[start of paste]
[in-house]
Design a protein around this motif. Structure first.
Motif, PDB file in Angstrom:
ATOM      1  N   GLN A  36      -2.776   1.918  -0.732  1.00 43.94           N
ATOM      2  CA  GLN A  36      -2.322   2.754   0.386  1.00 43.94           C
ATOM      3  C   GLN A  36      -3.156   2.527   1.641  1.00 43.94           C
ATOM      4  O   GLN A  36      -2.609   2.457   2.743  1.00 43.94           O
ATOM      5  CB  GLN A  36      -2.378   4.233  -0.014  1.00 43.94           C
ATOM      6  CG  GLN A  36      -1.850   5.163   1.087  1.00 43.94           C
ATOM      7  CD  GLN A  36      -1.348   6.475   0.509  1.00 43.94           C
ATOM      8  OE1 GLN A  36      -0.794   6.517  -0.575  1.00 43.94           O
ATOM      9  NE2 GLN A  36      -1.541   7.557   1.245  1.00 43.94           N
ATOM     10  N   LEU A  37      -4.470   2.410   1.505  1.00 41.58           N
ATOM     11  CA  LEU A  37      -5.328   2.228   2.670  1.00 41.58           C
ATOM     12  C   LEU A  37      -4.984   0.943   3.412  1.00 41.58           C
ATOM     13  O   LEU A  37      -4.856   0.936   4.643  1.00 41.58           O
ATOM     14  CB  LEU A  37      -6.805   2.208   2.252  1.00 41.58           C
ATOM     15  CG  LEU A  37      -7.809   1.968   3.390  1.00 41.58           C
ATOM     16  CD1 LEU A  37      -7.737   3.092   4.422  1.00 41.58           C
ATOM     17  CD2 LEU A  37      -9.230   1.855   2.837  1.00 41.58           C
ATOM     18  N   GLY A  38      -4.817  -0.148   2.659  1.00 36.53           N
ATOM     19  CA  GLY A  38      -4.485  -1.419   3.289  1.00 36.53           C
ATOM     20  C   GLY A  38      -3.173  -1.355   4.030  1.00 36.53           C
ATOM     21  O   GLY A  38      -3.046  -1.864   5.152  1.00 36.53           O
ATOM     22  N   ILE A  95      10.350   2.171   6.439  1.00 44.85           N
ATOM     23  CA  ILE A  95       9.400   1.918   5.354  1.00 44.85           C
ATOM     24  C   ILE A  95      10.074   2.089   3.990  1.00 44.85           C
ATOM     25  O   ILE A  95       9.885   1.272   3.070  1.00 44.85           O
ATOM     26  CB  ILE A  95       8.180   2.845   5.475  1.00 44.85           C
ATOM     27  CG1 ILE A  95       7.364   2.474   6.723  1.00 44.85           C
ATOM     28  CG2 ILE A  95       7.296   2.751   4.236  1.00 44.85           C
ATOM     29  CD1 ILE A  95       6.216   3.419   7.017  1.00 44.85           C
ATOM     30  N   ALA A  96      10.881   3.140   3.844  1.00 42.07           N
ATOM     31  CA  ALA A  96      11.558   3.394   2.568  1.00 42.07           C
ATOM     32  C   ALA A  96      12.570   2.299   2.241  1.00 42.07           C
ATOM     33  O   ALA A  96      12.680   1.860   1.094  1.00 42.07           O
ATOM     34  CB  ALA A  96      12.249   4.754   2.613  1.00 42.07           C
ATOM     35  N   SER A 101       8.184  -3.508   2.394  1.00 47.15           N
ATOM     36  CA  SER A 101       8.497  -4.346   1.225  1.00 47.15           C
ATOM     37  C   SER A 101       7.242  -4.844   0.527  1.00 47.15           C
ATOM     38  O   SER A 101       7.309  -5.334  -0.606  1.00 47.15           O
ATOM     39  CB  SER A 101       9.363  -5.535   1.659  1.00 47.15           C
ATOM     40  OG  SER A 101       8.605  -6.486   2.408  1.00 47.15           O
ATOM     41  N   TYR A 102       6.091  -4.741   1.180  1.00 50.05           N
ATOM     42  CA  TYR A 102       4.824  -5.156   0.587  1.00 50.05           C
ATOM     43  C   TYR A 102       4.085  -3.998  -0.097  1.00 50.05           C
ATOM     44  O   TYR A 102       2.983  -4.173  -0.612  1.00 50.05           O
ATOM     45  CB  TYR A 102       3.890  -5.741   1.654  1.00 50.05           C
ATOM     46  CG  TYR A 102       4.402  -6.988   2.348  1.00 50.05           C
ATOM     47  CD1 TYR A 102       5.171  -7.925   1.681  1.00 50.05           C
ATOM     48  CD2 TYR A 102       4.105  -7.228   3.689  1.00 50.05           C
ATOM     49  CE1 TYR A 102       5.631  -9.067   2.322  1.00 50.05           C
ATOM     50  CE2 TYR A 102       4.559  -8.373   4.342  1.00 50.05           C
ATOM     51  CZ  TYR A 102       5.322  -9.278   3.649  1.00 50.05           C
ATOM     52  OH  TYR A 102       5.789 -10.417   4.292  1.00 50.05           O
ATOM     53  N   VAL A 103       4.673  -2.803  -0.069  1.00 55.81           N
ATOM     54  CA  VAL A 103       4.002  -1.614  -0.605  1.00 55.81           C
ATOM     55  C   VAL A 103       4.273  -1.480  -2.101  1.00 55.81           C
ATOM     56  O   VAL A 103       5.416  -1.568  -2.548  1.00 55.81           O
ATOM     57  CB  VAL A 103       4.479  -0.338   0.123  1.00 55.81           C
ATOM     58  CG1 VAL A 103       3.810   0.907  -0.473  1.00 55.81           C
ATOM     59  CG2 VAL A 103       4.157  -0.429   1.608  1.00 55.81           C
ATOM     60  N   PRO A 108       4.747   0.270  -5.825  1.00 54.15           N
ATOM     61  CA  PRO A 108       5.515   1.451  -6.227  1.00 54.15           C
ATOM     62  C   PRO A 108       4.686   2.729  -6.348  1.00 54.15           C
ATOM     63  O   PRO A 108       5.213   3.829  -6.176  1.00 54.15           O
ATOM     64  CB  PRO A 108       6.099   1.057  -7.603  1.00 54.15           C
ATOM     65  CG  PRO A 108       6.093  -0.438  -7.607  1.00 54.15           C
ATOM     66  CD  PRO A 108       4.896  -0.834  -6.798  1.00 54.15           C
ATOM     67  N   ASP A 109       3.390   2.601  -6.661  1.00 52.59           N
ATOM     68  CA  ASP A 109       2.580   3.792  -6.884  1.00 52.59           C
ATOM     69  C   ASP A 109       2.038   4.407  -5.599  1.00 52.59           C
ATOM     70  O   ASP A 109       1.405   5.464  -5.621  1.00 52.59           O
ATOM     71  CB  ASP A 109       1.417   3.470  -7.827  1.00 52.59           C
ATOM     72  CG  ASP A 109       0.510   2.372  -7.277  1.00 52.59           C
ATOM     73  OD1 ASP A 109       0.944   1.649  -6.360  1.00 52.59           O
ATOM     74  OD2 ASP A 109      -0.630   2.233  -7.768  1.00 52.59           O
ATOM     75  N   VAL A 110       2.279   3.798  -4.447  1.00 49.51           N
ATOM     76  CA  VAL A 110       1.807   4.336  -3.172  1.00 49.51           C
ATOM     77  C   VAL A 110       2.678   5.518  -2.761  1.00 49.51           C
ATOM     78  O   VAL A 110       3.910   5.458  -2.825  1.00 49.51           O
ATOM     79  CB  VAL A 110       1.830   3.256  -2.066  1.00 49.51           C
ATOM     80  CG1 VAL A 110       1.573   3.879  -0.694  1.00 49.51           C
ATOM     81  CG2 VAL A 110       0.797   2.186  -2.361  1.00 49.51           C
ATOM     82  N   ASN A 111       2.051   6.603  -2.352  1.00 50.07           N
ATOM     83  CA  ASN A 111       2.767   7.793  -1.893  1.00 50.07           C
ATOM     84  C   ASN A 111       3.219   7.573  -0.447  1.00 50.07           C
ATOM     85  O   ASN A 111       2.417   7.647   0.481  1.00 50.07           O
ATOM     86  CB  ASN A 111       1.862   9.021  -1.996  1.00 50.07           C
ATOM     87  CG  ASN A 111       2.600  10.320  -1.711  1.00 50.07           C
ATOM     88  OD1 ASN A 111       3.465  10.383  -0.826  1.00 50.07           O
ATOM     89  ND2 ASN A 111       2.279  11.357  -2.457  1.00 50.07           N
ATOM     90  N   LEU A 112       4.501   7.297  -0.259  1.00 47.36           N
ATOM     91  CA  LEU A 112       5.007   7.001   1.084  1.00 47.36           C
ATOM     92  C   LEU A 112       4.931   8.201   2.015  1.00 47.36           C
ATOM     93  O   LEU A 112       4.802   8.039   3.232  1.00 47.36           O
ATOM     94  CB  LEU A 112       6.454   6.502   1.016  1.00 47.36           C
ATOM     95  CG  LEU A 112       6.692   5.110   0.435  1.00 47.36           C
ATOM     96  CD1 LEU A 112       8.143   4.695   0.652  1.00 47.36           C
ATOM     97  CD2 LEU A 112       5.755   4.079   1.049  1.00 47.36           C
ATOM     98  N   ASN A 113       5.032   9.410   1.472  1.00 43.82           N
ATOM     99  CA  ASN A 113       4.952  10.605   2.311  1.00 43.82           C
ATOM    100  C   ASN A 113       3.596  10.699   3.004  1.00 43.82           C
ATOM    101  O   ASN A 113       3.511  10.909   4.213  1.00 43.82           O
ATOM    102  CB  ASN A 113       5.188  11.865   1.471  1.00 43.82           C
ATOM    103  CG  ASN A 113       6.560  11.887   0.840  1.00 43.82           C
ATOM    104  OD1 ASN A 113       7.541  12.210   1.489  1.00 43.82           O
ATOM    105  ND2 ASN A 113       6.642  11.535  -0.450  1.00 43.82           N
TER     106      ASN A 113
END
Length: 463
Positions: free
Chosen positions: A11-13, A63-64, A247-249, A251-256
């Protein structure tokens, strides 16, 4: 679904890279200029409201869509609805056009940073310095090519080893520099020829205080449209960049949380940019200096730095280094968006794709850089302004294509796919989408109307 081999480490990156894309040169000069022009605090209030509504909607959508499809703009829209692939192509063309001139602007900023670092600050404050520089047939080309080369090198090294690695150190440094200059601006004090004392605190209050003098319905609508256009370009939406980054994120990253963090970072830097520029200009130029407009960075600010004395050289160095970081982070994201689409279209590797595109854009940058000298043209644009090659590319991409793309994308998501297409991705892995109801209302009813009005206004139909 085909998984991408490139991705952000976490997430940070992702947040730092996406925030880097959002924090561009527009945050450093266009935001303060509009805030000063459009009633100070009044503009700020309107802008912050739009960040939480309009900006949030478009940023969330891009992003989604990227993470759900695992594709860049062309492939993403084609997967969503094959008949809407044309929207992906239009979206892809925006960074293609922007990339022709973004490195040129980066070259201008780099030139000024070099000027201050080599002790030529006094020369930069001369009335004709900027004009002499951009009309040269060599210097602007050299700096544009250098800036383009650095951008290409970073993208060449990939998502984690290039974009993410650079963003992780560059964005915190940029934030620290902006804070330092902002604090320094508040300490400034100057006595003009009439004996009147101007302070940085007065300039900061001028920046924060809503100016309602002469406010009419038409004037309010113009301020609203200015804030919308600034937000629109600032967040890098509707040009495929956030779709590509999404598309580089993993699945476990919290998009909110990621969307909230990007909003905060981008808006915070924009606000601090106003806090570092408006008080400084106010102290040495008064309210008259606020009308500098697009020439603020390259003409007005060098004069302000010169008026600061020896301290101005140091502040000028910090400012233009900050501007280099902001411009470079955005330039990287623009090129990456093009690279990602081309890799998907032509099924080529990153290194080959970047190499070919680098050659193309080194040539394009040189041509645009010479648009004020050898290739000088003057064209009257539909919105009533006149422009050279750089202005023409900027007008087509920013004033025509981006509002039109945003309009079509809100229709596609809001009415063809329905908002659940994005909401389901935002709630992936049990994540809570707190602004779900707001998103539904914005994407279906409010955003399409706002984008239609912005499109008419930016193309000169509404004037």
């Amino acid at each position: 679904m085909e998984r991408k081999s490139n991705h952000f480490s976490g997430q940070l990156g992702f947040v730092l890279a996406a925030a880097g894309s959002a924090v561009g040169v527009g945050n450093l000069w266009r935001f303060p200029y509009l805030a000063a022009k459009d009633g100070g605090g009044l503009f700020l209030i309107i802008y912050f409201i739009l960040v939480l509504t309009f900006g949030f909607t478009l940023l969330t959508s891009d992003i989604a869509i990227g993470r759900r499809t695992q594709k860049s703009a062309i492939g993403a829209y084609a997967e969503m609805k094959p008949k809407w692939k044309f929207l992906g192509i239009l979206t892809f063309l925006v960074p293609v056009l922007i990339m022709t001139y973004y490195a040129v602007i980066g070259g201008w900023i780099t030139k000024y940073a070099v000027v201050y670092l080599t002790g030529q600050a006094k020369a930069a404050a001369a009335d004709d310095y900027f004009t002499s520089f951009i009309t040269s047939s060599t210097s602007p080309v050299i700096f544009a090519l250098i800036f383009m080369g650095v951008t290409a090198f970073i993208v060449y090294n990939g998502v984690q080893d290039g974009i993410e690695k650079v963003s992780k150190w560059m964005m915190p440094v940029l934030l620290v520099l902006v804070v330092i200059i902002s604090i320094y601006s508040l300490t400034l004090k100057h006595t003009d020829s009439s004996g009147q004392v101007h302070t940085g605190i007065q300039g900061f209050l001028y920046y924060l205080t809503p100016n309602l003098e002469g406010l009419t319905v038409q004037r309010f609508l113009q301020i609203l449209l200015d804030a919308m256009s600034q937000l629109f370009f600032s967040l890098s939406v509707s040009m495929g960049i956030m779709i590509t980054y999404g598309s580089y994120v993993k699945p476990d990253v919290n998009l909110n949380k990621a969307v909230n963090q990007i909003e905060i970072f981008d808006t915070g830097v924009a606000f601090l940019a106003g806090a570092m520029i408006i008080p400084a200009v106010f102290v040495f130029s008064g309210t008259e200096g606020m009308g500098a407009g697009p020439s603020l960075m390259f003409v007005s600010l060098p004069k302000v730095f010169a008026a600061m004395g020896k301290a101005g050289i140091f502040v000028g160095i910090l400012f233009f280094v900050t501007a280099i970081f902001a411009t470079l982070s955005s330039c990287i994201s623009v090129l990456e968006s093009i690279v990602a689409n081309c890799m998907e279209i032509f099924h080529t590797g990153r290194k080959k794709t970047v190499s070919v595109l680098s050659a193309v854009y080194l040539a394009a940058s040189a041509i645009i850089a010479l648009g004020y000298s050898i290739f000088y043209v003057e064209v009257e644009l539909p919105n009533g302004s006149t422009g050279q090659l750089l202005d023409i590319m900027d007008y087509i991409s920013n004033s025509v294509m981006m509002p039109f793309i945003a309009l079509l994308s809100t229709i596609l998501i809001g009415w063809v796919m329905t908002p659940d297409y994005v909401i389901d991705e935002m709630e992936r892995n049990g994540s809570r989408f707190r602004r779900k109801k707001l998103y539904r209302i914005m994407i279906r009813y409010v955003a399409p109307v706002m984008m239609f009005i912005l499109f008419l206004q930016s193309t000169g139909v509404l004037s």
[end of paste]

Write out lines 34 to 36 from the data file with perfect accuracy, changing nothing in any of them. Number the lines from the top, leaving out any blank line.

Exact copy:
ATOM     31  CA  ALA A  96      11.558   3.394   2.568  1.00 42.07           C
ATOM     32  C   ALA A  96      12.570   2.299   2.241  1.00 42.07           C
ATOM     33  O   ALA A  96      12.680   1.860   1.094  1.00 42.07           O